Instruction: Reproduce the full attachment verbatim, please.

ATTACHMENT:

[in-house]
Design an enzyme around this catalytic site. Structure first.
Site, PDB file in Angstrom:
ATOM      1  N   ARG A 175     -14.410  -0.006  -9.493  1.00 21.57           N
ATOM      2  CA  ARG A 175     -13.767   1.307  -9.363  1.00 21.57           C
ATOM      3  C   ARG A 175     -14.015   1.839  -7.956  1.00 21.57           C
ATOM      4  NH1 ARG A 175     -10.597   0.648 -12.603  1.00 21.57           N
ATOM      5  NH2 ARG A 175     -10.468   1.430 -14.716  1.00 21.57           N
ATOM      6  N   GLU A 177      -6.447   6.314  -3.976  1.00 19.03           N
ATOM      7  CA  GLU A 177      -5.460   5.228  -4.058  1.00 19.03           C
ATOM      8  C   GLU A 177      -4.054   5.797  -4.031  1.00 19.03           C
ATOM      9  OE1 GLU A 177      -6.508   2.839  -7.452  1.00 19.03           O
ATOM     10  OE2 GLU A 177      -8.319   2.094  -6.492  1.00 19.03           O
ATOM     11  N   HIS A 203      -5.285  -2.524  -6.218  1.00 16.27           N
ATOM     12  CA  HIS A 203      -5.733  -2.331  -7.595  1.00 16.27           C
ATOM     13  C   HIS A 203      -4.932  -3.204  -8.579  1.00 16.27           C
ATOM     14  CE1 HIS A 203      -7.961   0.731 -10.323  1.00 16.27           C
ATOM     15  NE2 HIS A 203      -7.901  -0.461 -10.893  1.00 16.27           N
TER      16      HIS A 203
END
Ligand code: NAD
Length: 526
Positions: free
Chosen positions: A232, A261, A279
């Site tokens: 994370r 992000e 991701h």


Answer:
[in-house]
Design an enzyme around this catalytic site. Structure first.
Site, PDB file in Angstrom:
ATOM      1  N   ARG A 175     -14.410  -0.006  -9.493  1.00 21.57           N
ATOM      2  CA  ARG A 175     -13.767   1.307  -9.363  1.00 21.57           C
ATOM      3  C   ARG A 175     -14.015   1.839  -7.956  1.00 21.57           C
ATOM      4  NH1 ARG A 175     -10.597   0.648 -12.603  1.00 21.57           N
ATOM      5  NH2 ARG A 175     -10.468   1.430 -14.716  1.00 21.57           N
ATOM      6  N   GLU A 177      -6.447   6.314  -3.976  1.00 19.03           N
ATOM      7  CA  GLU A 177      -5.460   5.228  -4.058  1.00 19.03           C
ATOM      8  C   GLU A 177      -4.054   5.797  -4.031  1.00 19.03           C
ATOM      9  OE1 GLU A 177      -6.508   2.839  -7.452  1.00 19.03           O
ATOM     10  OE2 GLU A 177      -8.319   2.094  -6.492  1.00 19.03           O
ATOM     11  N   HIS A 203      -5.285  -2.524  -6.218  1.00 16.27           N
ATOM     12  CA  HIS A 203      -5.733  -2.331  -7.595  1.00 16.27           C
ATOM     13  C   HIS A 203      -4.932  -3.204  -8.579  1.00 16.27           C
ATOM     14  CE1 HIS A 203      -7.961   0.731 -10.323  1.00 16.27           C
ATOM     15  NE2 HIS A 203      -7.901  -0.461 -10.893  1.00 16.27           N
TER      16      HIS A 203
END
Ligand code: NAD
Length: 526
Positions: free
Chosen positions: A232, A261, A279
């Site tokens: 994370r 992000e 991701h």